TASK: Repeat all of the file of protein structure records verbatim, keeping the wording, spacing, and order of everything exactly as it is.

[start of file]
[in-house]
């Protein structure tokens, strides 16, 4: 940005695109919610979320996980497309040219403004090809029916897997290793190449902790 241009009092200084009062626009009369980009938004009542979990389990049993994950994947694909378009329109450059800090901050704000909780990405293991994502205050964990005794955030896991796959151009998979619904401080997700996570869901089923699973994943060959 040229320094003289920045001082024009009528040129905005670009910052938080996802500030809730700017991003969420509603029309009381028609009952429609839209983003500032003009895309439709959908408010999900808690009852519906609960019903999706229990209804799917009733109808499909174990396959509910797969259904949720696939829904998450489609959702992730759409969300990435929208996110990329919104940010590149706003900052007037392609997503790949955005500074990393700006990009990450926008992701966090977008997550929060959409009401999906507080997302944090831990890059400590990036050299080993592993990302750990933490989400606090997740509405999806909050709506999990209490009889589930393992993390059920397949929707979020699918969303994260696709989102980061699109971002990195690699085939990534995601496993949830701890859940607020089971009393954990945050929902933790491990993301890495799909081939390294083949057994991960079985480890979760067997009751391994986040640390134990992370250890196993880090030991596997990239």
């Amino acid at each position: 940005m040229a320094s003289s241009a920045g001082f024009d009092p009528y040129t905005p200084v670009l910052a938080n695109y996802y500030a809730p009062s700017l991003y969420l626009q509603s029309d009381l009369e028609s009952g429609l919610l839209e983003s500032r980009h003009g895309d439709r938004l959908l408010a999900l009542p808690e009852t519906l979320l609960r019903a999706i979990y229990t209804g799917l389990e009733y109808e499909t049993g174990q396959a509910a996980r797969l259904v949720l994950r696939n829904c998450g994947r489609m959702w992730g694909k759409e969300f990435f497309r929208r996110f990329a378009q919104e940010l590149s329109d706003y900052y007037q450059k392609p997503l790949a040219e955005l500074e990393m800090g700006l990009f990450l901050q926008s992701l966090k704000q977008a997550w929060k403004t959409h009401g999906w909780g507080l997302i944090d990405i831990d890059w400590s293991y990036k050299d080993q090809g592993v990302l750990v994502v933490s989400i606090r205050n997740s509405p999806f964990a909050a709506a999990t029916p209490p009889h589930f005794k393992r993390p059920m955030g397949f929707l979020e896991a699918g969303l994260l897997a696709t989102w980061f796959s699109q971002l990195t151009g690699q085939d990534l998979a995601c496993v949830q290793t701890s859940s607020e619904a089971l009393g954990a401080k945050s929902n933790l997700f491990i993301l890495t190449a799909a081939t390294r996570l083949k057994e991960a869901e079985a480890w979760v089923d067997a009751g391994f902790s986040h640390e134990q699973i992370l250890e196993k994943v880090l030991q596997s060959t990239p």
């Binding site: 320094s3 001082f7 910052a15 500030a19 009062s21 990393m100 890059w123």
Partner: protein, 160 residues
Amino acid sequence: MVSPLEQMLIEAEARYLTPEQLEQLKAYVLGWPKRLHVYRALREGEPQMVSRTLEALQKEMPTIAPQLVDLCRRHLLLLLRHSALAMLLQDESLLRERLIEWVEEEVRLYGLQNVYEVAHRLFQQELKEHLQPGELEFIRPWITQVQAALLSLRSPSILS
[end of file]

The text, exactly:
[in-house]
């Protein structure tokens, strides 16, 4: 940005695109919610979320996980497309040219403004090809029916897997290793190449902790 241009009092200084009062626009009369980009938004009542979990389990049993994950994947694909378009329109450059800090901050704000909780990405293991994502205050964990005794955030896991796959151009998979619904401080997700996570869901089923699973994943060959 040229320094003289920045001082024009009528040129905005670009910052938080996802500030809730700017991003969420509603029309009381028609009952429609839209983003500032003009895309439709959908408010999900808690009852519906609960019903999706229990209804799917009733109808499909174990396959509910797969259904949720696939829904998450489609959702992730759409969300990435929208996110990329919104940010590149706003900052007037392609997503790949955005500074990393700006990009990450926008992701966090977008997550929060959409009401999906507080997302944090831990890059400590990036050299080993592993990302750990933490989400606090997740509405999806909050709506999990209490009889589930393992993390059920397949929707979020699918969303994260696709989102980061699109971002990195690699085939990534995601496993949830701890859940607020089971009393954990945050929902933790491990993301890495799909081939390294083949057994991960079985480890979760067997009751391994986040640390134990992370250890196993880090030991596997990239």
């Amino acid at each position: 940005m040229a320094s003289s241009a920045g001082f024009d009092p009528y040129t905005p200084v670009l910052a938080n695109y996802y500030a809730p009062s700017l991003y969420l626009q509603s029309d009381l009369e028609s009952g429609l919610l839209e983003s500032r980009h003009g895309d439709r938004l959908l408010a999900l009542p808690e009852t519906l979320l609960r019903a999706i979990y229990t209804g799917l389990e009733y109808e499909t049993g174990q396959a509910a996980r797969l259904v949720l994950r696939n829904c998450g994947r489609m959702w992730g694909k759409e969300f990435f497309r929208r996110f990329a378009q919104e940010l590149s329109d706003y900052y007037q450059k392609p997503l790949a040219e955005l500074e990393m800090g700006l990009f990450l901050q926008s992701l966090k704000q977008a997550w929060k403004t959409h009401g999906w909780g507080l997302i944090d990405i831990d890059w400590s293991y990036k050299d080993q090809g592993v990302l750990v994502v933490s989400i606090r205050n997740s509405p999806f964990a909050a709506a999990t029916p209490p009889h589930f005794k393992r993390p059920m955030g397949f929707l979020e896991a699918g969303l994260l897997a696709t989102w980061f796959s699109q971002l990195t151009g690699q085939d990534l998979a995601c496993v949830q290793t701890s859940s607020e619904a089971l009393g954990a401080k945050s929902n933790l997700f491990i993301l890495t190449a799909a081939t390294r996570l083949k057994e991960a869901e079985a480890w979760v089923d067997a009751g391994f902790s986040h640390e134990q699973i992370l250890e196993k994943v880090l030991q596997s060959t990239p």
């Binding site: 320094s3 001082f7 910052a15 500030a19 009062s21 990393m100 890059w123």
Partner: protein, 160 residues
Amino acid sequence: MVSPLEQMLIEAEARYLTPEQLEQLKAYVLGWPKRLHVYRALREGEPQMVSRTLEALQKEMPTIAPQLVDLCRRHLLLLLRHSALAMLLQDESLLRERLIEWVEEEVRLYGLQNVYEVAHRLFQQELKEHLQPGELEFIRPWITQVQAALLSLRSPSILS